Starting with 56 animated GIFs directed by Johnny Kelly and Matthew Cooper, the projected devised by Elisava aims to be a platform for emerging creatives worldwide. Brilliantly simple, lo-fi aesthetics and infinite looping animations is likely to melt anyones heart who remembers the days of a good old animated GIF.
Noma Bar is one of my favourite illustrators at the moment, telling small stories with the most minimal of marks. You’ll no doubt of seen his work in the pages of Esquire Magazine and The Guardian Guide.
I’m pleased to hear that Noma is putting on an exhibition, Bitter Sweet, at the end of the month at KK Outlet in London’s trendy Hoxton Square. Featuring never before seen work including 3D wood custom, installation pieces, screen prints and light boxes all of which are available to buy. The exhibition opens Wednesday 31st March to 30th April, with the private view 7-9pm, 31st March.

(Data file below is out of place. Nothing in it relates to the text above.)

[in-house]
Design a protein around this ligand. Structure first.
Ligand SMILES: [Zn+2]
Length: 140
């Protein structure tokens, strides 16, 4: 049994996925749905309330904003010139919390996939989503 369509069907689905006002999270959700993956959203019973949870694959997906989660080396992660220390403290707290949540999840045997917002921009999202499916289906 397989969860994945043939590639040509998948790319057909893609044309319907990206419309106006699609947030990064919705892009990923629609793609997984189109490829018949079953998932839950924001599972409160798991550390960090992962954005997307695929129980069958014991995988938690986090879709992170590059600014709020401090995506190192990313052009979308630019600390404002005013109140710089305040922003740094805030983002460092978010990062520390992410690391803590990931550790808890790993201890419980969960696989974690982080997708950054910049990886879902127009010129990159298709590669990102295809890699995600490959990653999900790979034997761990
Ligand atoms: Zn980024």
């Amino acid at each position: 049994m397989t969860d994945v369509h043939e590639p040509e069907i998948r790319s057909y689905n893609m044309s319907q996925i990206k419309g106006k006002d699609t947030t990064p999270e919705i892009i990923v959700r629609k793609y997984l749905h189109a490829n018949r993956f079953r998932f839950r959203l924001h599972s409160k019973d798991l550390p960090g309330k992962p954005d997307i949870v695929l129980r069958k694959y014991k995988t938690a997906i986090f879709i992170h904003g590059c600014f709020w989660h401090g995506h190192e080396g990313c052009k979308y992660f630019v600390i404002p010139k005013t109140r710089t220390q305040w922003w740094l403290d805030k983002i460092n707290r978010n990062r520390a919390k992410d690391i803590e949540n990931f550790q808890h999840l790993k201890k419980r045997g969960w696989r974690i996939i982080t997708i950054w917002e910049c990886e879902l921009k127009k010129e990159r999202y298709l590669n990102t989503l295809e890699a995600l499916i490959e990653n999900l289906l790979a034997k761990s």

If you’ve never been to KK Outlet before, what a great chance to see some brilliant work from Noma Bar and discover a characterful gallery space.
I just don’t get the time any more to to watch music videos. It’s a real shame as it’s been a medium to discover creative gems (Gondry being one of my all time favourite directors whom I discovered through his Daft Punk-Around The World).
One recent group who’s creative direction I’ve always admired is Gorillaz branding by Jamie Hewlett. To coinciede with last weeks release of Plastic Beach (which is more of the high quality tunes that will be making up much of this months playlist in the studio) I took a look at the video for their newest EP, Stylo. Previously the Gorillaz art style has been cell shaded often ineractiving with live action actors and scenery. In this latest video Murdoc and 2D take shape as 3D renders. The video is finished to the same high standard as all the previous work and it makes sense now it’s been 12 years since Gorillaz original debut. The narrative behind Stylo is slightly uninspiring with a cameo from Bruce Willis who does bring a whole lot to the narratve other than his celebrity name. Similar to their first self titled album and Demons though it looks like the video is the first part in a larger narrative that will be completed with subsequent EP releases for Plastic Beach in the coming months.
Criticisms apart Gorillaz new album is another aural delight and another album that should be on every studios playlist of safebets.